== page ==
Bathsheba Beach, which sits on Barbados’ west coast, is a photographer’s and surfer’s paradise. For photographers, Bathsheba offers dramatic rock formations and abandoned homes. And for surfers, there’s the beach’s famous Soup Bowl, where top-notch waves can be found. Named after the area’s foamy water, the Soup Bowl is so well-known that international surfing competitions are regularly held here. Do not, however, plan on swimming at Bathsheba. Because of the region’s rough waters and rock formations, it is not safe to swim at Bathsheba Beach.
Magens Bay Beach, U.S. Virgin Islands
There’s no beach on St. Thomas (or maybe even the entire Virgin Islands archipelago) that’s as celebrated as Magens Bay.There’s no beach on St. Thomas (or maybe even the entire Virgin Islands archipelago) that’s as celebrated as Magens Bay. Some say, “This is one of the best beaches on earth. An absolute serene location. The sun, sand, water and pleasant surroundings make this beach the place to visit.”
The Baths, Virgin Gorda
One of the most famous beach destinations in the world, The Baths in Virgin Gorda boasts an impressive cave system in addition to its pristine beach area. Here visitors will find a series of otherworldly mazes and steps, with rope handrails that guide you through a unique trail through colorful coves and boulders, from the Devil’s Bay beach to The Baths. Considered a must-see attraction in the British Virgin Islands archipelago, travelers will want to swim through crystalline waters through the variety of breathtaking crevices and grottoes to find a laid-back beach area with shallow waters perfect for a day of sunbathing and light snorkeling.
White Bay, Jost Van Dyke
Nestled on the southern end of Jost Van Dyke, White Bay is a pristine beach that combines soft sands lined with beach bars consistently buzzing with activity. Here you’ll find independent yachts and boats docking in the water, where passengers are then encouraged to hop out and swim to shore. A perfect beach for those looking to unwind with a refreshing tropical cocktail in hand, White Bay offers beachgoers plenty of room to relax with their towels and chairs for a day of sunbathing. Beachgoers who are interested in exploring the lively area of the beach, however, can visit one of the many famous beach bars, including the Soggy Dollar bar where you’ll have the opportunity to taste the popular painkiller cocktail that is rumored to have originated on Jost Van Dyke.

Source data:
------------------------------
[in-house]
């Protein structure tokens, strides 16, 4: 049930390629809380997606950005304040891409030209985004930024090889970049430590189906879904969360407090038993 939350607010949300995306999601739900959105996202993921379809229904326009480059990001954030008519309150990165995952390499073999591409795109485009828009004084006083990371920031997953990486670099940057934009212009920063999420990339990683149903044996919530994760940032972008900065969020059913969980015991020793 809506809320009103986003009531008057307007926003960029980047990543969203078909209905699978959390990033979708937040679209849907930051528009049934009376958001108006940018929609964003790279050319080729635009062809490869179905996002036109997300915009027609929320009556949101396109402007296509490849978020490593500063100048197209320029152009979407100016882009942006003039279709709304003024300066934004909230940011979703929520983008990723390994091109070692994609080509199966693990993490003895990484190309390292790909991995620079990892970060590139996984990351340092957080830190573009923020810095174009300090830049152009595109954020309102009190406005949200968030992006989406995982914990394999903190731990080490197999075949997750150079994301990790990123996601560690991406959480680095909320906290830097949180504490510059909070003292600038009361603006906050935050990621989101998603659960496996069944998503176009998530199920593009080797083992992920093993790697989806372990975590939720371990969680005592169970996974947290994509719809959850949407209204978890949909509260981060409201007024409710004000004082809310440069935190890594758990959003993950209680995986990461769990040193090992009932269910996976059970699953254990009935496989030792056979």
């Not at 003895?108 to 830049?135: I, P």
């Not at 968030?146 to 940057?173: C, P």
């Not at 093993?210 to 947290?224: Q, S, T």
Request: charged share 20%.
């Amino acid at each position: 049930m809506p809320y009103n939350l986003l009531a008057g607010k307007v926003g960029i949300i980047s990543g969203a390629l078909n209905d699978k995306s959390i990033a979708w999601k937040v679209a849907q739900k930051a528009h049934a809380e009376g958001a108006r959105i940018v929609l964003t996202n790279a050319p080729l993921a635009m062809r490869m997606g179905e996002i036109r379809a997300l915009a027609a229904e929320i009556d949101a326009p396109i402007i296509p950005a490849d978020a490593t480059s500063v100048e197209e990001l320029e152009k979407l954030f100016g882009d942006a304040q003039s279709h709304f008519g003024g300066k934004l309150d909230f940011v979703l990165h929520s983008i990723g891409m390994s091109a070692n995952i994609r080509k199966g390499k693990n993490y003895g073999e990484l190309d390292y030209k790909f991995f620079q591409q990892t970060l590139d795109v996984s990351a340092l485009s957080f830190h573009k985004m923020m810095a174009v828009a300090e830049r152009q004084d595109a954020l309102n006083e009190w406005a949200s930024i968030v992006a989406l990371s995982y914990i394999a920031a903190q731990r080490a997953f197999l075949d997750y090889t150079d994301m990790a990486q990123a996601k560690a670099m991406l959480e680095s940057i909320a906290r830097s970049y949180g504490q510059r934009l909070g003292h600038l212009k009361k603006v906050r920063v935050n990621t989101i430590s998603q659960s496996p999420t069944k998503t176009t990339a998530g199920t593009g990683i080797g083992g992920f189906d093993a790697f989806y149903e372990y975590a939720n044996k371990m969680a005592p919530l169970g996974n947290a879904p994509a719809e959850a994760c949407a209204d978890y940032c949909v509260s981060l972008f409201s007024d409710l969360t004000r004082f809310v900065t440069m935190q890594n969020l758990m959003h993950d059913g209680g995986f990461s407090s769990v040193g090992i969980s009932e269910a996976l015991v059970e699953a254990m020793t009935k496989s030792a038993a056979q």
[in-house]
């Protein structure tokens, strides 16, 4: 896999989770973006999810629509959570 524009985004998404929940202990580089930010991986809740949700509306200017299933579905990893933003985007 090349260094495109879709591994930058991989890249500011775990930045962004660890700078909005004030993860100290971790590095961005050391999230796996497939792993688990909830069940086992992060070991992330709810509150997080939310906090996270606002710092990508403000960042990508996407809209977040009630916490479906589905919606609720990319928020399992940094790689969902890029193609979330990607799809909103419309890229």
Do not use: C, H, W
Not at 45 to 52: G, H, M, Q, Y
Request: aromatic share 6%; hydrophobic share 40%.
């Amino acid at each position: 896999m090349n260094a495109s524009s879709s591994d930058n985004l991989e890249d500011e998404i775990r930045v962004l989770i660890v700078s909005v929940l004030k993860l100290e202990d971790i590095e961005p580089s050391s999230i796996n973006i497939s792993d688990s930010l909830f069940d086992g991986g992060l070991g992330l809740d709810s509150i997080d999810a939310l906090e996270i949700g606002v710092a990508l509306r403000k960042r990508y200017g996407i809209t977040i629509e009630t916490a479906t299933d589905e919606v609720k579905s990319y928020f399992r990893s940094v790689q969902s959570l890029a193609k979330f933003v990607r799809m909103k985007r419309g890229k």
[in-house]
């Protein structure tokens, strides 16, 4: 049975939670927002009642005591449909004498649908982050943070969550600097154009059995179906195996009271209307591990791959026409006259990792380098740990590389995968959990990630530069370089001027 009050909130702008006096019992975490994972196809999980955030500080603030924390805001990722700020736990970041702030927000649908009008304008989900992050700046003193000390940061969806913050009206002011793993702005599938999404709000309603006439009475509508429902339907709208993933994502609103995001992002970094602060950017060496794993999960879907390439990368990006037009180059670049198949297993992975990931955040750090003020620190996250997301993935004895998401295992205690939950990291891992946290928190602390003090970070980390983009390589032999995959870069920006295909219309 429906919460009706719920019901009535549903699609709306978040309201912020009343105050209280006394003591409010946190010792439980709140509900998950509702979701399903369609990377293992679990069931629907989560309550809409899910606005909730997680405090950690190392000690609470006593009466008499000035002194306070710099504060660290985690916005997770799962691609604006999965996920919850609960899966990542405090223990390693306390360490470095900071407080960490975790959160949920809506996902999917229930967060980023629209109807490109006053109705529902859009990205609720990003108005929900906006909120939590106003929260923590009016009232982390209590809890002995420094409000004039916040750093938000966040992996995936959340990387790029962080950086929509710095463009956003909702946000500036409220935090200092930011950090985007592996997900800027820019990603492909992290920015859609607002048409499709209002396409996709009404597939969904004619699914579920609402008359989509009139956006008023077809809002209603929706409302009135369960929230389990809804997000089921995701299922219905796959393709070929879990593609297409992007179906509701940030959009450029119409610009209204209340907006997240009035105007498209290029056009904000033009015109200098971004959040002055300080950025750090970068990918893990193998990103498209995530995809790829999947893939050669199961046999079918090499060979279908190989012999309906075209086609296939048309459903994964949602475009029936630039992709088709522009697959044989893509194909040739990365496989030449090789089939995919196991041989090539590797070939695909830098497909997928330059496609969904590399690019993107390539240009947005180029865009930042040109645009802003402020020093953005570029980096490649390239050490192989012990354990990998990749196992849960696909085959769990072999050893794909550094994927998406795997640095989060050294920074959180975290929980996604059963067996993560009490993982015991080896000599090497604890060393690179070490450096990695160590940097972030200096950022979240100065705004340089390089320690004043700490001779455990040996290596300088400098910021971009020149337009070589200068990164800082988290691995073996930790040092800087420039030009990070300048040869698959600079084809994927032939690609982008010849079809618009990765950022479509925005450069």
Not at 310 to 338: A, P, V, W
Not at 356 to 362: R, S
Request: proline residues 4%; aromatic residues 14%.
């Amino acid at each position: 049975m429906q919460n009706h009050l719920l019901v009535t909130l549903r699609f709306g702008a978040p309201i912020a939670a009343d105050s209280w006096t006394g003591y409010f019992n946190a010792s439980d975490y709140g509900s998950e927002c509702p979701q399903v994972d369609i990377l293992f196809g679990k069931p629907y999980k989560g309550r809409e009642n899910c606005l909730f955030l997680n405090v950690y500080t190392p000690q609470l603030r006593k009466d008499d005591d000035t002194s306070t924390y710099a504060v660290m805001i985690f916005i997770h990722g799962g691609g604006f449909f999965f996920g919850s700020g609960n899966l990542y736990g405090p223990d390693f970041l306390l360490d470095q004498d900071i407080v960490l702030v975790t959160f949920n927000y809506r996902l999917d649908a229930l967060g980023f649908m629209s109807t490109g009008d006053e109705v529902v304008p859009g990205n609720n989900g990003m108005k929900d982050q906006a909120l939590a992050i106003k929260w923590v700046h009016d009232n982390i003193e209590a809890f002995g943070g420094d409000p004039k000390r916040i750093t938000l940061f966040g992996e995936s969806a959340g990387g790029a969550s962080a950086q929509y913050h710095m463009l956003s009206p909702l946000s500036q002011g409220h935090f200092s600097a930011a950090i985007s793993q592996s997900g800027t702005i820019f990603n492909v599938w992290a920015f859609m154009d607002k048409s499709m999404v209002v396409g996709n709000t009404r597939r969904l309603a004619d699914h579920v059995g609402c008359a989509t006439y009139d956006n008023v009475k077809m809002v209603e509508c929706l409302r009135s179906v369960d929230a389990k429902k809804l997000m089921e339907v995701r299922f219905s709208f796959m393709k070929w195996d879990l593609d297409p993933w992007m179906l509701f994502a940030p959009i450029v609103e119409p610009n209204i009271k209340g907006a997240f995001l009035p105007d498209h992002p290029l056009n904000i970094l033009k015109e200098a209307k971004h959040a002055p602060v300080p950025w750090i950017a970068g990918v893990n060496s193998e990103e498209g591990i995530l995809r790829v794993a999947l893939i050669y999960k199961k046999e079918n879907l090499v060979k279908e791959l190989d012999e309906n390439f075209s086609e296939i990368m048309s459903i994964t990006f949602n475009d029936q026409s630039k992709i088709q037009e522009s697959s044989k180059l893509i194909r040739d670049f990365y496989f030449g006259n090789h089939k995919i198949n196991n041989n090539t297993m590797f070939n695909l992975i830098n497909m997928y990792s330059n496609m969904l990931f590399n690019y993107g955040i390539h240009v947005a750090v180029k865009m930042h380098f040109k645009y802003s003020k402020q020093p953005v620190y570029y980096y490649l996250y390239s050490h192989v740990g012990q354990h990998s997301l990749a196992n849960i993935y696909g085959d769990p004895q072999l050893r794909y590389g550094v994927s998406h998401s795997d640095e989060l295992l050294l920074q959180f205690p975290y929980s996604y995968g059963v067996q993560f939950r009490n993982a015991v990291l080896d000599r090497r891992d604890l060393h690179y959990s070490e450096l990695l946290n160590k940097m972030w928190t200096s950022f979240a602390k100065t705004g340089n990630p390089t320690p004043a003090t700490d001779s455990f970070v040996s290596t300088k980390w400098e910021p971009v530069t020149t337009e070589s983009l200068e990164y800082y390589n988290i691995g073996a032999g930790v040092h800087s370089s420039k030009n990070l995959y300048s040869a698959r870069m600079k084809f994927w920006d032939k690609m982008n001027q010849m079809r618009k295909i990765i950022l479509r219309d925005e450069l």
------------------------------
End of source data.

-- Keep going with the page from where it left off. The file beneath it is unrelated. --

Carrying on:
Smuggler’s Cove, Tortola
Less crowded than other beaches in the British Virgin Islands, Smuggler’s Cove in Tortola is ideal for beachgoers who are looking for a tranquil beach experience away from it all. Shade is easy to come by, as you’ll find that this soft sand beach is lined with an abundance of swaying palm trees that are make soaking in the salty ocean breeze an ideal activity. You’ll have little to gaze at but the gorgeous horizon, where swimming enthusiasts will find themselves in the perfect location to explore the colorful fish and coral in the calm, bright turquoise waters. The gentle waters pair perfectly with the serene surroundings, where you’ll only find one snack bar in this northwest side of Tortola.
Located just 15 miles north of Virgin Gorda and part of the British Virgin Islands, Anegada Island boasts miles and the 18-mile long Horseshoe Reef, the largest coral reef in the Caribbean and the fourth largest in the world. Considered a scuba divers and snorkelers dream, here visitors will delight in the amazing reef mazes and tunnels in the area that lead to an abundance of exotic underwater marine life to explore. Visitors who prefer to keep their feet firmly on the white sandy beaches will also find an abundance of calm and quiet shores to relax on.
Playa Flamenco, Culebra
Flamenco Beach is a public beach on the Caribbean island of Culebra. It is known for its shallow turquoise waters, white sand, swimming areas, and diving sites. It stretches for a mile around a sheltered, horseshoe-shaped bay.
Luquillo Beach, Puerto Rico
Near the entrance to El Yunque National Forest, Luquillo is also known for the row of several dozen food kiosks with all kinds of awesome fried treats, or frituras, from seafood to plaintains. White sands and clear waters.
Green Beach, Puerto Rico
If you are seeking to visit a place that has a less traveled feeling, then the island of Vieques, Puerto Rico is for you and Punta Arenas must be in your list of beaches to explore in this tropical paradise. Punta Arenas is on the north west tip and runs down the east side of Vieques. This beach is part of the Vieques National Wildlife Refuge and offers very scenic views of the main island of Puerto Rico, and El Yunque; the only tropical rain forest in the United States National Forest system.
As you can see, there are some awesome beaches in the Caribbean, and we recommend you visit one to enjoy!